December 13 - 19, 2004



The national gift crisis


How are you and your family coping with gift crisis this Christmas? Never heard of the gift crisis? Tsk tsk. Denial is the first sign of trouble.


It’s everywhere in our culture, and in fact is the underlying premise for most of the Christmas advertisements we hear on radio and TV, such as:


Male voice: “I can’t believe it’s only 11 days before Christmas and I haven’t found that perfect gift for Aunt Matilda. I’ve been shopping for days and days. What can I do?”


Female voice: “Why not head over to the Crap Barn? The Crap Barn has the widest selection of the finest crap from all over the world. At the Crap Barn, you’re sure to find the perfect gift for that hard-to-shop-for person on your list. And better, they’re conveniently located at Highways 9 and 14, right next to the Drive-Thru Liposuction Clinic! And at the Crap Barn, there’s always lots of free parking!


Male voice: “The Crap Barn! Why didn’t I think of that? I’m heading over to the Crap Barn today!”


Female voice: “You’ll be glad you did!”


Sound familiar? The fact is, the flip side to the annual Christmas gift crisis shows something quite remarkable. The flip side is simply this:


We are so blessed as a nation in material goods, it’s extremely hard work for many of us to come up with gifts for our loved ones that they actually 1) need, 2) want, or 3) can use. For most of the world’s population living day-to-day in poverty and despair, that would be a dream come true.


So when you hear those tacky ads for the countless Crap Barns all over our country, say a prayer of thanks. Then consider alternative gifts that will go to people really in need. For instance, make a  donation or gift purchase for a needy person through one of the countless worthy and respected charities, such as your local Salvation Army, food bank or homeless shelter. Send your loved one a card explaining that this year, his or her gift is making a big difference in the lives of a needy family. Here are three links to get you going.


Heifer International – Buy a goat, pig or tree for a family in the developing world.

ELCA World Hunger – Supply a village with water, support a school or help African families devastated by AIDS.

Habitat for Humanity – Help build decent homes for hard-working families.


Oh, and also check out Dana Reardon's column, below. Merry Christmas!


-Rob Blezard, editor and webmaster


New this week:



Face the facts, but we must avoid discouragement
"How are we salt, yeast and light in our society?" It's one of the big questions Mark S. Hanson asks in his column about the decline of Mainline Protestantism. As presiding bishop of the ELCA, which just this year dipped below 5 million members, Hanson is exploring the question as more than just an academic exercise. His inspiring and challenging observations have remarkable implications for all stewards of the mysteries of God.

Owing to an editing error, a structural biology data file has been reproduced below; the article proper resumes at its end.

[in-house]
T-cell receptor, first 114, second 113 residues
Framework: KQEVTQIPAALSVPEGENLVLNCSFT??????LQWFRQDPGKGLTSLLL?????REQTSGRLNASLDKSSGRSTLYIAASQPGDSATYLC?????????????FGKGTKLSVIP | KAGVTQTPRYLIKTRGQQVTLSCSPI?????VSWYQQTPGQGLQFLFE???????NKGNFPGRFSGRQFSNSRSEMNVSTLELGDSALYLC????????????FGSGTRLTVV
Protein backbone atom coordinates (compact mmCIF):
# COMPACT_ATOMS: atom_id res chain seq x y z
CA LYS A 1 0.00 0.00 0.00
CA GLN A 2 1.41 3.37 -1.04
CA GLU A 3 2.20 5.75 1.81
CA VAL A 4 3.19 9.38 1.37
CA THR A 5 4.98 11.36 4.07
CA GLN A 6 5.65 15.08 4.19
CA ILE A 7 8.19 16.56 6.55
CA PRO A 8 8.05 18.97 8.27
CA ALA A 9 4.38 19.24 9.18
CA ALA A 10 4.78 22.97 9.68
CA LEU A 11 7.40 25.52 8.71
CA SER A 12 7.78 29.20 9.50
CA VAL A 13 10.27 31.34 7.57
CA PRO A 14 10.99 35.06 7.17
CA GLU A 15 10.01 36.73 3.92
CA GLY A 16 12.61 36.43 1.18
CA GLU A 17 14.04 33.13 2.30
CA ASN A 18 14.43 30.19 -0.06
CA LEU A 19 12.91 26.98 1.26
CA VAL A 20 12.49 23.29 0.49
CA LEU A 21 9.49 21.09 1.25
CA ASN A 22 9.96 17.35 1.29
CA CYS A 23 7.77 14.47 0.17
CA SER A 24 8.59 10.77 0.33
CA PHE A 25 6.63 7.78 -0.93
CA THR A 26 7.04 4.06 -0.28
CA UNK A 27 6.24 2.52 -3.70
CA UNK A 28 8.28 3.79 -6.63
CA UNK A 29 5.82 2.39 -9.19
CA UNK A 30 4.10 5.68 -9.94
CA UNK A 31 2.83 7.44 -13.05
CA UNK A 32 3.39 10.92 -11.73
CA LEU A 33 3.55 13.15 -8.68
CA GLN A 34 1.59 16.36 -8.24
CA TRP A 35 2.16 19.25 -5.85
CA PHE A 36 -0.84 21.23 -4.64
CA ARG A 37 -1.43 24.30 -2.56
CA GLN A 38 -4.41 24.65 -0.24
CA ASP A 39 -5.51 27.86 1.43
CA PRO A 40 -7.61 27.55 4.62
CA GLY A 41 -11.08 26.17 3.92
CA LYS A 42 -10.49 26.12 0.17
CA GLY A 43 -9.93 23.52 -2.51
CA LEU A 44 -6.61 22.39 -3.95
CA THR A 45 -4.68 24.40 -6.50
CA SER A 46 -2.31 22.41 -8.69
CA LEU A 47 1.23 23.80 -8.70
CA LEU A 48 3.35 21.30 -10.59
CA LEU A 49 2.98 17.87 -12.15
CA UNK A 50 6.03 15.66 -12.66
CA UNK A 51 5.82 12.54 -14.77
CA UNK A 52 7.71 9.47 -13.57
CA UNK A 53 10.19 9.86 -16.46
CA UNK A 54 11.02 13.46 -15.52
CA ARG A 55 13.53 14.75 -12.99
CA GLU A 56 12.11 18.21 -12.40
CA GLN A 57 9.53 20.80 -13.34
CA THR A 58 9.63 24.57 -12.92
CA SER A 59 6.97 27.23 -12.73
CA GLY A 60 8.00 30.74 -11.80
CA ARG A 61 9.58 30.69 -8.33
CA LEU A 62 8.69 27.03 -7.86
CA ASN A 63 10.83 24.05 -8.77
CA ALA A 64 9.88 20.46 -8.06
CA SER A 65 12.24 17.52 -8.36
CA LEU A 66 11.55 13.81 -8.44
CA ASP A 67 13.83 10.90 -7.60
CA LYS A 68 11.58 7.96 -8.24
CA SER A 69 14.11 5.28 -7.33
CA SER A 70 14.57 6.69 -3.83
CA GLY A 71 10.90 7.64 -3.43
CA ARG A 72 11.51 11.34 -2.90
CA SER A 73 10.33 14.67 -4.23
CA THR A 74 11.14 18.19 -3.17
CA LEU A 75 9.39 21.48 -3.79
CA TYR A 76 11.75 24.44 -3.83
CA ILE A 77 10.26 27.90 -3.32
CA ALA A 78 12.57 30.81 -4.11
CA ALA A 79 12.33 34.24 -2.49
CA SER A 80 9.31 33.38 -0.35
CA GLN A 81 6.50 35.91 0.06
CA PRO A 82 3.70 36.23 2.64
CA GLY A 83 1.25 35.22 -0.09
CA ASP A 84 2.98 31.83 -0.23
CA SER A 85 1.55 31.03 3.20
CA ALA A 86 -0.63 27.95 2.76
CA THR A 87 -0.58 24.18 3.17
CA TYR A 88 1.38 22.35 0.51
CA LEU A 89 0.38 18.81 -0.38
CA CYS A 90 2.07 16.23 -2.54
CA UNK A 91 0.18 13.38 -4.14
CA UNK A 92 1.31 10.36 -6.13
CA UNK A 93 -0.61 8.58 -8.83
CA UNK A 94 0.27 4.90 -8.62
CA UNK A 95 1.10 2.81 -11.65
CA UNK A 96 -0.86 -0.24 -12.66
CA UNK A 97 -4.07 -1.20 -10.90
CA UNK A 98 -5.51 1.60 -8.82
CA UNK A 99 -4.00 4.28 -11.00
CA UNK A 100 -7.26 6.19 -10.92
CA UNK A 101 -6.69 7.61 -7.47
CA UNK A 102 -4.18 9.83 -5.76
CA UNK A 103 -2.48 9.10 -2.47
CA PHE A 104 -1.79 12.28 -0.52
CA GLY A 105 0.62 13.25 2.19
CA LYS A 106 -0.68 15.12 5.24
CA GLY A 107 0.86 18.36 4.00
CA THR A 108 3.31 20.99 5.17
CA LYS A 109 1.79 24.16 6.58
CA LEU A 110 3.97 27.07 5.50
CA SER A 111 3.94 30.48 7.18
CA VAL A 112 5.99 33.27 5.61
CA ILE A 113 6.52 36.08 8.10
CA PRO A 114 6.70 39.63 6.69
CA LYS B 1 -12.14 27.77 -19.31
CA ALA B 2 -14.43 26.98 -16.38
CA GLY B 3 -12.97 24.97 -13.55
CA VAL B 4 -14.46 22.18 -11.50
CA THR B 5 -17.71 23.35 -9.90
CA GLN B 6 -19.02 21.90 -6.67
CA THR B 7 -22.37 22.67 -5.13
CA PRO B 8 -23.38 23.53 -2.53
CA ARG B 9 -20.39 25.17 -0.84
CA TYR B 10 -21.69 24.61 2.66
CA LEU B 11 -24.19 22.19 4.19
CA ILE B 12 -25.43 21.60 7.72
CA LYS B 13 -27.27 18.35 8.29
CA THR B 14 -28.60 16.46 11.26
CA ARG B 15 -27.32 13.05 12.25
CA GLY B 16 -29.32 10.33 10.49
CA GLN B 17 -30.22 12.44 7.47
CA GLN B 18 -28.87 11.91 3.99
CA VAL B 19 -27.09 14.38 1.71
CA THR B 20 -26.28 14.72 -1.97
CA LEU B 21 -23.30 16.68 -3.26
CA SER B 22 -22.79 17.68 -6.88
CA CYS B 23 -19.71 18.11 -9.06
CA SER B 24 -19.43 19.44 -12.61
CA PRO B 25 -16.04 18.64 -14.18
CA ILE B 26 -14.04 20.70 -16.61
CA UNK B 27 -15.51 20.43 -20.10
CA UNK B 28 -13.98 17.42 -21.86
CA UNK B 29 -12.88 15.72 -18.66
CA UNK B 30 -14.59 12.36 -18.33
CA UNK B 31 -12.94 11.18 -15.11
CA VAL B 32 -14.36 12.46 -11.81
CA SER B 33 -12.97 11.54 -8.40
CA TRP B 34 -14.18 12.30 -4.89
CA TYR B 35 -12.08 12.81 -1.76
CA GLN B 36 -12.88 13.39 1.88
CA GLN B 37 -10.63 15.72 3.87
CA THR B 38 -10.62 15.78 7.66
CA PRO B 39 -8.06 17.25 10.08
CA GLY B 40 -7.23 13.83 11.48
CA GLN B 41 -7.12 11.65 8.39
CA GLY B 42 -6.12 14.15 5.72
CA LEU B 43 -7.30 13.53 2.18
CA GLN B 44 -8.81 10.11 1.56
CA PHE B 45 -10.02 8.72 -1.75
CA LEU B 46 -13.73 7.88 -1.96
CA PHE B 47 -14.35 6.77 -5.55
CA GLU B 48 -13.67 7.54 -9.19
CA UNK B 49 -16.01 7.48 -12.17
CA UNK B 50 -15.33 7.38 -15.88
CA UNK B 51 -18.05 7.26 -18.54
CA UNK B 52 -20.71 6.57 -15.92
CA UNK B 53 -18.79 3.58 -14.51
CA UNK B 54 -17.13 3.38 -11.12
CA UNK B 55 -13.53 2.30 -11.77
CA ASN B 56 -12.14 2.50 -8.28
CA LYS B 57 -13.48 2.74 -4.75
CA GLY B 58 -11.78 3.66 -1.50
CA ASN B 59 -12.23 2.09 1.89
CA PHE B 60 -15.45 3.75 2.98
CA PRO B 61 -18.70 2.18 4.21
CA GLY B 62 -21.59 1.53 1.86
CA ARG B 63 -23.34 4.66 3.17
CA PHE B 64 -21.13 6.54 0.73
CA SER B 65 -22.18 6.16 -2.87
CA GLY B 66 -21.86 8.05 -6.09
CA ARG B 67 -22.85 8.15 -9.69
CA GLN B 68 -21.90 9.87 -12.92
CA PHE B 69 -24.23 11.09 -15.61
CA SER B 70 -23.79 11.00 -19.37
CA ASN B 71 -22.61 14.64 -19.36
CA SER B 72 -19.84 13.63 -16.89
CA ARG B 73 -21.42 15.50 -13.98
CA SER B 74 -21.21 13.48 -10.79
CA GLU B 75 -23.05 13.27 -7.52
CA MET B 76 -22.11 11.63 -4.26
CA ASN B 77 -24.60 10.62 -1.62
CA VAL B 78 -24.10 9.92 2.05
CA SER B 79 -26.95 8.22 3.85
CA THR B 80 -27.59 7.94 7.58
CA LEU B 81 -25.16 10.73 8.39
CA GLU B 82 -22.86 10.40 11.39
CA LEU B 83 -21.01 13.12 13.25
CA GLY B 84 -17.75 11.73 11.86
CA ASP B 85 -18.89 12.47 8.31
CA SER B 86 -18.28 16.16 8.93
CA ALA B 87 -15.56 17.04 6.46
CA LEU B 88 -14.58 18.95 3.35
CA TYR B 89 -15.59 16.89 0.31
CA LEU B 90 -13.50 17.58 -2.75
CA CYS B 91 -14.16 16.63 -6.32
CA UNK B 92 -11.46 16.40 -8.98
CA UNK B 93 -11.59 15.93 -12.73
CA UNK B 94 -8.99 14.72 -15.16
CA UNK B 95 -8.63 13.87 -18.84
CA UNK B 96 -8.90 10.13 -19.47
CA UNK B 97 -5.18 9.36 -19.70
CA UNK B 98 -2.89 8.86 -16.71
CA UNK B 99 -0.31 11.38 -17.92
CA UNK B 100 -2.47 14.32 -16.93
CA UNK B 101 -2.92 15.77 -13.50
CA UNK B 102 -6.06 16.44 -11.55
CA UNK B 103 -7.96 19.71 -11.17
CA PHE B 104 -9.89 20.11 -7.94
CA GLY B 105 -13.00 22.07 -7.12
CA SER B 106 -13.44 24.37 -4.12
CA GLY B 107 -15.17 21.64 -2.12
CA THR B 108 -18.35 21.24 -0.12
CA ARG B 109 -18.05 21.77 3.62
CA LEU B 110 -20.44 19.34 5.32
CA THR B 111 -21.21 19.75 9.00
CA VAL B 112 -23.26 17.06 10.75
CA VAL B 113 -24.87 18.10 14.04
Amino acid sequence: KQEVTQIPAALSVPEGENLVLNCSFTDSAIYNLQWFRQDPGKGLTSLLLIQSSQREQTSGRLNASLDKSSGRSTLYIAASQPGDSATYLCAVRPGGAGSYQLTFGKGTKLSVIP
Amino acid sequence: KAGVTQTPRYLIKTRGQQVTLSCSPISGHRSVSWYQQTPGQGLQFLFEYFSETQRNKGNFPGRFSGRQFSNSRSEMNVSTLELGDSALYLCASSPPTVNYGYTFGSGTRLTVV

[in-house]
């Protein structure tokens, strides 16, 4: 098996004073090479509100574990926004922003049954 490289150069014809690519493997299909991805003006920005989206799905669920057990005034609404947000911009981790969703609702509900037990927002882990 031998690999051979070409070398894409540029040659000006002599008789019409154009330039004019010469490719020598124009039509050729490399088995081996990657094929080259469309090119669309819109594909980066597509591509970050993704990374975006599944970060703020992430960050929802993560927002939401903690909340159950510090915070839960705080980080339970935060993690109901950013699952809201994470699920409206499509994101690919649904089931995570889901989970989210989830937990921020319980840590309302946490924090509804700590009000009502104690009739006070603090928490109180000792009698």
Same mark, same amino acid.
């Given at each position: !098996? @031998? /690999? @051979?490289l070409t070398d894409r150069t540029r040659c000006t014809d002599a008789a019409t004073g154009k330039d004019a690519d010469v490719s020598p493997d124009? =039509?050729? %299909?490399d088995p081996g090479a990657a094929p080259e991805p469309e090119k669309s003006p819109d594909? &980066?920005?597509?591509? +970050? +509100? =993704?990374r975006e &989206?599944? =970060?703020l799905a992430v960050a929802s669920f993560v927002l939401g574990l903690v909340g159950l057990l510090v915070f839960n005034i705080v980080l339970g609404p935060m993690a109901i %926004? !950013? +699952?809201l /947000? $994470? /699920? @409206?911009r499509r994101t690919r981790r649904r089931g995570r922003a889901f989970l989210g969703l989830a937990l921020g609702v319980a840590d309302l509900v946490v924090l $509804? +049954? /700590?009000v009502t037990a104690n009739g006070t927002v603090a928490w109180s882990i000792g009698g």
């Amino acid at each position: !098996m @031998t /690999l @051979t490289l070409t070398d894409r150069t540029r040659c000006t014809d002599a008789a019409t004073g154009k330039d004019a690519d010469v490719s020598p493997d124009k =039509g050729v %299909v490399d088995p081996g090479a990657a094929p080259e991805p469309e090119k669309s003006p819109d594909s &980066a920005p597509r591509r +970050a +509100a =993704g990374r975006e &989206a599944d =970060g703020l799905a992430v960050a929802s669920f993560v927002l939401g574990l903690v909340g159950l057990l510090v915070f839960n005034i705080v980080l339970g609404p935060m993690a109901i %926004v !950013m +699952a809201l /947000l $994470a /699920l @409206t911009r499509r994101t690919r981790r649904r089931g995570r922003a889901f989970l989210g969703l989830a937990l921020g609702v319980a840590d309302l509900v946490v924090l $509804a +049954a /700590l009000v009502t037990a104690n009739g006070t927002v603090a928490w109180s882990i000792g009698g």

Help 'A Bunch of Guys' make a difference
"The Spirit is out there in the world calling us to see the hungry and the needy and the homeless and to give what we can of our talents and our wealth to become one with that Spirit that calls us. We become one with the Spirit, the breath of life and maybe it is "in there" when we Take a Breath." From Dana Reardon's weekly reflection.



Pursuing love of neighbor through business
"As Christians we do not stand outside the dynamics of globalization, but are caught up in them. ... The criterion of neighbor-love goes against the grain or resists the assumptions embedded in economic globalization." So challenges this theological exploration of economics and discipleship produced by the Lutheran World Federation.



Income levels help identify big holiday shoppers
Shopping trends reveal a shift in income and wealth, the Christian Science Monitor reports. "In the past 10 years, families in the top 20 percent in income have done extremely well. Despite the brief recession early in this decade and the burden of rising energy prices over the last year, the bottom 20 percent of households did OK over the decade, too. But the middle class has been struggling to keep up, adding debt, saving little."



 Martin E. Marty: 'Tipping the Plate'
"Whoever does what Jesus-in-the-gospels did, and examines the collection plate as it goes by, still will find plenty of "mites" or one-dollar bills. ... My bottom line: our giving to all causes, beginning with church, per capita among givers -- and without averaging in non-givers in the population -- is closer to "tipping" than "sacrifice" or "generous giving." From Sightings, published by the Martin Marty Center. This week's Recycling Bin feature.



Joke of the Week!

Weekly Gleanings, a sampling of articles with stewardship implications from the popular press.